England’s limp defeat to Iceland last week has once again sparked debate about the reasons behind it and their poor form in the competition.
Pundits and fans alike have been scathing about England’s lack of passion, tactical awareness and leadership with both the players and Roy Hodgson coming under severe criticism.
There have been suggestions for who should replace the hapless Hodgson after he resigned minutes after the Iceland loss, with plenty of names being discussed.
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One of those rumoured to be in contention is former England coach Glenn Hoddle, who was last in charge at the France 1998 World Cup.
Since then, England’s so-called golden generation have failed to live up to expectations and their horrific Euro 2016 exit is a brand new low.
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Many have argued that Hoddle was in charge of England’s last good team and believe he could be the man to rejuvenate a team so devoid of confidence, ability and mental strength at international level.
We’ve put together some of the reasons behind England’s last good team.
Glenn Hoddle’s tactical awareness was clear to see during the World Cup 18 years ago. He was and still is regarded as a visionary by pundits and colleagues alike and a highly respected figure in the game.
His use of the 3-5-2 formation during the World Cup was designed to maintain the right balance of attack and defence and meant that England could pack the midfield areas and reduce the space for opposing players. The tactics were simple and each player knew their job.
In the infamous game against Argentina, England not only defended well but were also a threat. After 90 minutes and despite being one man down, England were able to take the game to extra time.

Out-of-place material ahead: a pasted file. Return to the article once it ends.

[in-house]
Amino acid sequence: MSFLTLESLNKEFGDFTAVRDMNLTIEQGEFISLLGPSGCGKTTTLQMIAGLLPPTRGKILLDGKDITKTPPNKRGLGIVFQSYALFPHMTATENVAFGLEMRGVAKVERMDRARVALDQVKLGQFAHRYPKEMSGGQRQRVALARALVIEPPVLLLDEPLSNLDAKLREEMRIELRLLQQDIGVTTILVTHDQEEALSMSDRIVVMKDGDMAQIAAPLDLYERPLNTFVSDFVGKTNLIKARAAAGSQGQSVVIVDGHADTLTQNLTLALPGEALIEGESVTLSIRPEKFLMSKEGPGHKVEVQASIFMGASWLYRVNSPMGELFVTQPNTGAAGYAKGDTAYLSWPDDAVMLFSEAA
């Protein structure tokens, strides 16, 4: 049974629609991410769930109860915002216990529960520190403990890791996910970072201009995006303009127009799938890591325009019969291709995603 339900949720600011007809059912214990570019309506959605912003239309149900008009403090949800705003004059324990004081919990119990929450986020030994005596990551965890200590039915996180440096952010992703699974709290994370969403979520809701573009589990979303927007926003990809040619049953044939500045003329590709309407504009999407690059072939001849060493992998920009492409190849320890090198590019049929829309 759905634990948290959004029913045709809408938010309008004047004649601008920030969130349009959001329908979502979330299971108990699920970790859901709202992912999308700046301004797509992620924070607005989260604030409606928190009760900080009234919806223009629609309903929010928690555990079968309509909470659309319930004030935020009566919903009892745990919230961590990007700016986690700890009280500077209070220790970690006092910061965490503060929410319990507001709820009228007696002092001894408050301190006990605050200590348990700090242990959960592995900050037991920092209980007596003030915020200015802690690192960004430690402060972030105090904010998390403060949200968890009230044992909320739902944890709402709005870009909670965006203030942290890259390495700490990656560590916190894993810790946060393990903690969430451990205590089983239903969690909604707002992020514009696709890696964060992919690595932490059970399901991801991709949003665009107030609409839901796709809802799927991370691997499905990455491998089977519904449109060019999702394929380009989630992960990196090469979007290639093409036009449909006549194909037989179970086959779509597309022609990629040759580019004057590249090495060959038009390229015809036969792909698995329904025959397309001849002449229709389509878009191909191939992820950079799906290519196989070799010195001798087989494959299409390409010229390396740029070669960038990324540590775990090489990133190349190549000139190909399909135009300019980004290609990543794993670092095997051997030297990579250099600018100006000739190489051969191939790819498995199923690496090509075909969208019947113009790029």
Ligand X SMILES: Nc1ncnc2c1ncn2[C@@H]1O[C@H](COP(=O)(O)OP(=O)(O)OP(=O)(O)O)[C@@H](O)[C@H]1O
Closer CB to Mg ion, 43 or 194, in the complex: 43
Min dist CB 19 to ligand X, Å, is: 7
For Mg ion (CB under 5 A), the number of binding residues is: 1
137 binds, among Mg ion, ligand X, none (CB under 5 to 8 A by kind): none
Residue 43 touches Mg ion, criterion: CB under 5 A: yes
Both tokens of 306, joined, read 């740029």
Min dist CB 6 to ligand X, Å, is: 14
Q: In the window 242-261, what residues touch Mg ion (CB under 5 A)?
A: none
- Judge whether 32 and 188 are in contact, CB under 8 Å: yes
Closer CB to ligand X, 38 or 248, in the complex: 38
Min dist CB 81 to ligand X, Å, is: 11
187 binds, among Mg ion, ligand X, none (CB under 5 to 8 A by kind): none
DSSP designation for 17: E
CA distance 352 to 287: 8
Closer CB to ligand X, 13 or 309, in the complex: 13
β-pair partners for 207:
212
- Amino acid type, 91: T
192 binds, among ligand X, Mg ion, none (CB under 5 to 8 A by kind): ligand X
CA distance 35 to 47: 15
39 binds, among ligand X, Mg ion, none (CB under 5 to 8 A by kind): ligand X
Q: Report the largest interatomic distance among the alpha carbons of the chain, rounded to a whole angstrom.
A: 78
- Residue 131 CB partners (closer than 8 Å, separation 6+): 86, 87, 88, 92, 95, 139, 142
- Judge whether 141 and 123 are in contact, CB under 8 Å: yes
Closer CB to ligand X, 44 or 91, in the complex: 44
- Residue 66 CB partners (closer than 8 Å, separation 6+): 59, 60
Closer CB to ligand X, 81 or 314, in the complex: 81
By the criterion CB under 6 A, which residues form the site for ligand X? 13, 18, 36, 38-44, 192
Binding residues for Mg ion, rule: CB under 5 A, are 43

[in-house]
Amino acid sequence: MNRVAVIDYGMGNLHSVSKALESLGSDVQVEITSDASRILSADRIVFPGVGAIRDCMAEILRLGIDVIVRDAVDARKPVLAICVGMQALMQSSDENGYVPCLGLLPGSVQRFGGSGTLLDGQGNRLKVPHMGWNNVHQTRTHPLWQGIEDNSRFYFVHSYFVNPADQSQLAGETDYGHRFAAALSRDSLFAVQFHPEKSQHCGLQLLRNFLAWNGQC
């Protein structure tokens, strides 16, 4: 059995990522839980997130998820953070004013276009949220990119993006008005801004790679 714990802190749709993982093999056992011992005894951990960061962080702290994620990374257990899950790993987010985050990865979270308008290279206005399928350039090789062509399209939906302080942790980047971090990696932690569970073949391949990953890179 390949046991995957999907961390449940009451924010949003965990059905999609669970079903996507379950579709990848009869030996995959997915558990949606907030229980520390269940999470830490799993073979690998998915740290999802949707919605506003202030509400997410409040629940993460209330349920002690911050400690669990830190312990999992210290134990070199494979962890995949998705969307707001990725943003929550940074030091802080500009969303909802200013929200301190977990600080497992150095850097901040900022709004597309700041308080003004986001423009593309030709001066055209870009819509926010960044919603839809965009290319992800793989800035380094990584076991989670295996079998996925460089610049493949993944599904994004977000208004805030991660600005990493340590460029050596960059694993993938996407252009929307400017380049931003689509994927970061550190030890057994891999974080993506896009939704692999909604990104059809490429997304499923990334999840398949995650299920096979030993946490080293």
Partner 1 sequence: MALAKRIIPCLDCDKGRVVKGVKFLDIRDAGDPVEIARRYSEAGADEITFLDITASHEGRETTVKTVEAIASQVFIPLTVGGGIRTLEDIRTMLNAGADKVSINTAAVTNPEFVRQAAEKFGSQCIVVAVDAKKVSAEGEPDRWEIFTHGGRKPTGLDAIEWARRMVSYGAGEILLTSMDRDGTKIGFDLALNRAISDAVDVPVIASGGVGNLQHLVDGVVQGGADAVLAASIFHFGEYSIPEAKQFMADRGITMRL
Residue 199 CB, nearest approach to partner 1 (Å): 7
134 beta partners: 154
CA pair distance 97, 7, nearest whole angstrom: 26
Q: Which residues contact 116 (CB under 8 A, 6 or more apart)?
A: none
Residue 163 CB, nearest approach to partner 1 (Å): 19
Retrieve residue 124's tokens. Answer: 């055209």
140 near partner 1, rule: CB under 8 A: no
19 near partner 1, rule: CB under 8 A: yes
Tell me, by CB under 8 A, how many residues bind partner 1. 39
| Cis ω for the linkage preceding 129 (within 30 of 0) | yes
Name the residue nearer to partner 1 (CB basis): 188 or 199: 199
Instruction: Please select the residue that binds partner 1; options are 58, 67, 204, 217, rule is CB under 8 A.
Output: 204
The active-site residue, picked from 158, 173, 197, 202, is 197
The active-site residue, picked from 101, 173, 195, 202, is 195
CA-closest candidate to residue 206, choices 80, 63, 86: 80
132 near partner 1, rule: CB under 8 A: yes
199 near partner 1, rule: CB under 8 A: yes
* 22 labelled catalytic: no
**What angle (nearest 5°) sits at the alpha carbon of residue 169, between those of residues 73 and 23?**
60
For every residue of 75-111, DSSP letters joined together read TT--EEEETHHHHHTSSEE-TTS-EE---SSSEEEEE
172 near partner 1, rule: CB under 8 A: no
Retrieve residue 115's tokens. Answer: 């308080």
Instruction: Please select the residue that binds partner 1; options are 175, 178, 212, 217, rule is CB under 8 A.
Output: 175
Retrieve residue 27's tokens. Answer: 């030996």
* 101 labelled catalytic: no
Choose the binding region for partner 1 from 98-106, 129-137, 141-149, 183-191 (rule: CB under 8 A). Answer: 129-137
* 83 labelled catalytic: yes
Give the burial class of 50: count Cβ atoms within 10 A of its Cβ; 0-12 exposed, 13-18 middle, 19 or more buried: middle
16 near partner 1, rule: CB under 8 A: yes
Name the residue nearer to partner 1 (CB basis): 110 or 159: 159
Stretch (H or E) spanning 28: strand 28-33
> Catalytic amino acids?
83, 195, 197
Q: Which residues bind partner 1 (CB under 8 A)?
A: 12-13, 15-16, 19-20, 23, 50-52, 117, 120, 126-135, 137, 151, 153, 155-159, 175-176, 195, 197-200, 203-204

The players also seemed comfortable with the change of circumstances and managed well despite the setback. Something that this current group of players appear unable to do and Roy Hodgson's tactical ineptitude did not help.
Confidence of the players
Compared to the current squad, the players seemed comfortable wearing the England shirt in the late 1990's and weren't weighed down by expectation.
Some of the players had also taken part in a successful Euro 96 two years earlier and carried that self-confidence into France 98. They not only believed in themselves but trusted each other.
As a result, they worked well together and seemed calm and relaxed heading into each game throughout the tournament. The current crop in Euro 2016 showed their lack of poise and panicked in their defeat to Iceland, a stark contrast indeed.
Great squad balance
The France 98 squad was a bringing together of two generations. There were young talented players like Michael Owen, Rio Ferdinand, Paul Scholes, David Beckham and Sol Campbell as well the more experienced Alan Shearer, Paul Ince, Tony Adams and David Seaman.
The youth and enthusiasm of the young players blended well with the great experience of the older members of the squad and they complemented each other very well.
The current squad of players was one of the youngest in the tournament and as a result lacked the key experience to adapt when adversity struck against Iceland. As a result, many of them froze and as a result lost the game.
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